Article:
Astor, Nancy W.

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Astor, Nancy W. (1879–1964). Politician, and daughter of an American railway developer in Virginia. Nancy Astor had an unhappy first marriage, which ended in divorce in 1903. The following year she travelled to England, marrying Waldorf Astor three years later; when Waldorf, Conservative MP for Plymouth, Sutton, succeeded to the peerage in 1919, Nancy was returned in his stead at the subsequent by-election, becoming only the second woman to be elected to Parliament and the first to take her seat (Constance Gore-Booth having declined, along with the other Sinn Fein MPs, to sit in 1918). As a parliamentarian (1919–45) Nancy was outspoken—perhaps too much so—in favour of those causes she held dear: opposition to divorce (despite her own experience); raising to 18 the age at which it was legal to purchase alcohol; lowering to 21 the voting age for women; above all, appeasement of Nazi Germany. The Astor home, Cliveden, became a by-word for appeasement, but in fact Nancy was anti-Nazi, refused to meet Hitler, and had her name included on a Nazi blacklist.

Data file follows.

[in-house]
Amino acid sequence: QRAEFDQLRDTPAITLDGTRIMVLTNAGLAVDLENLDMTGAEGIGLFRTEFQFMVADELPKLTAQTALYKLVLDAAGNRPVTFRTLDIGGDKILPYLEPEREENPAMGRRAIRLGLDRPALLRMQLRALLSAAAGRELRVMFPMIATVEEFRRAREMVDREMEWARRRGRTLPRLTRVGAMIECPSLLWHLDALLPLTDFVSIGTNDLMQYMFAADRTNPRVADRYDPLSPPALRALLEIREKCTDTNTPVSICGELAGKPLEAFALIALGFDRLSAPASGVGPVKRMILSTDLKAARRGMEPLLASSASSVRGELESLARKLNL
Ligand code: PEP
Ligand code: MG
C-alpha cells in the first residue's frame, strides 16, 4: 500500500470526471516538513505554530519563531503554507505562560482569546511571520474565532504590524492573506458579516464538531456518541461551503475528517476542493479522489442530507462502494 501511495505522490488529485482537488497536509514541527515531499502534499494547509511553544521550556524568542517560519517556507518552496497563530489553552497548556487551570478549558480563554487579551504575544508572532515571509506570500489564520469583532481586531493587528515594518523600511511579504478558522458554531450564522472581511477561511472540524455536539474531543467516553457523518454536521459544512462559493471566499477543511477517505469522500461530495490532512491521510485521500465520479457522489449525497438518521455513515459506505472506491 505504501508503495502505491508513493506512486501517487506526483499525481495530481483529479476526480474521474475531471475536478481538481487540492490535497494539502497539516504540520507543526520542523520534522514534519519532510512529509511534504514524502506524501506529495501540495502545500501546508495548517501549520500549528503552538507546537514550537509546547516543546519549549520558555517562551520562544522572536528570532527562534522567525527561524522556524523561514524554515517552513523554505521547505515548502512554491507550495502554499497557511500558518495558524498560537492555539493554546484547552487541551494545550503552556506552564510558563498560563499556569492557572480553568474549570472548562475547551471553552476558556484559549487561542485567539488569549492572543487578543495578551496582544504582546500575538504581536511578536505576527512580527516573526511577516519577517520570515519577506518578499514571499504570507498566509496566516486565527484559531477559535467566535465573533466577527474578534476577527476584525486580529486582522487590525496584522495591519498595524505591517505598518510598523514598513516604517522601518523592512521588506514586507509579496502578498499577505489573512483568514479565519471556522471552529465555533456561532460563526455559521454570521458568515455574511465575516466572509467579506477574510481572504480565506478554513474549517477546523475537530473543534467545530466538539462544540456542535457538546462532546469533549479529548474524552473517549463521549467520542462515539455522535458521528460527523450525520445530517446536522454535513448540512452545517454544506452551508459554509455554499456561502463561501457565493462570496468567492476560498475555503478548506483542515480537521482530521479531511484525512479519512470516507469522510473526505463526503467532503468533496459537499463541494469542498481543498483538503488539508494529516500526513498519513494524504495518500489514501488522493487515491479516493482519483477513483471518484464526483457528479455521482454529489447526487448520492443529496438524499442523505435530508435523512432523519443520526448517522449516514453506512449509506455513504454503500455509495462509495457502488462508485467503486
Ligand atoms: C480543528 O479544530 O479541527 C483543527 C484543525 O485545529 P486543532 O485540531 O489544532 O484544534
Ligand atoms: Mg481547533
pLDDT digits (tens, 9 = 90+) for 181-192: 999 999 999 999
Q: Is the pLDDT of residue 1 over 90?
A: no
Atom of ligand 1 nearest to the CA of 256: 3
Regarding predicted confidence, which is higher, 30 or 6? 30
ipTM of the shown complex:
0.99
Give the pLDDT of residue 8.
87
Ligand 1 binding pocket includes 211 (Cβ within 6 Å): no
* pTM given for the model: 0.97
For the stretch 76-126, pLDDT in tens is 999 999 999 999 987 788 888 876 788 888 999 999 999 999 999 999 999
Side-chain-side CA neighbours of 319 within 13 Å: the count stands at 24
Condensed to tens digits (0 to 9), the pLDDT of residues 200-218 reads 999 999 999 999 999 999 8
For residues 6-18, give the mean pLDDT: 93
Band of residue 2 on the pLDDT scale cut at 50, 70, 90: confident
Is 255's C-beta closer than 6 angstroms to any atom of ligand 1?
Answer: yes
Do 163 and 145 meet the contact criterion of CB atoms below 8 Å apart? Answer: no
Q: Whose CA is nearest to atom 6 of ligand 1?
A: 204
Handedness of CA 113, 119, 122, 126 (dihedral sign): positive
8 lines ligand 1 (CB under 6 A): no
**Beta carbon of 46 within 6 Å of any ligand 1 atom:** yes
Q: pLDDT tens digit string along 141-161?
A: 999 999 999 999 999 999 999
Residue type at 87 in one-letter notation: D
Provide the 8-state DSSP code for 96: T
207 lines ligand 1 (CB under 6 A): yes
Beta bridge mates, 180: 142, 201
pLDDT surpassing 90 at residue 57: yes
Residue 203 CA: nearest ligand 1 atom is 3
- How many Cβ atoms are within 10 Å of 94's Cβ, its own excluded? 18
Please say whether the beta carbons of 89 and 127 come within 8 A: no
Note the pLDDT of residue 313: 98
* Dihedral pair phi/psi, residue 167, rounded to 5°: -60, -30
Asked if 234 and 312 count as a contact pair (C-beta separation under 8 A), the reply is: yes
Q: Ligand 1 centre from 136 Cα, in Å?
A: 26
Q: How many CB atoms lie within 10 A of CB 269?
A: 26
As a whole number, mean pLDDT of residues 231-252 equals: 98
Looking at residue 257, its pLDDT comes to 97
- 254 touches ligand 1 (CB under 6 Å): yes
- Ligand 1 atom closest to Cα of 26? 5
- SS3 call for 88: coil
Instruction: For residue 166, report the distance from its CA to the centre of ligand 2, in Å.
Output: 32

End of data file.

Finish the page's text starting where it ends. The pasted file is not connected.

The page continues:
Geoffrey Alderman

Astor, Nancy Witcher (Langhorne), Viscountess

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Astor, Nancy Witcher (Langhorne), Viscountess (1879–1964) British politician, b. USA, the first woman elected to the House of Commons (1919–45). A Conservative, she advocated temperance, educational reform, and women's and children's welfare. In the 1930s she and her husband Viscount William Waldorf Astor headed a group of influential proponents of appeasement toward Nazi Germany.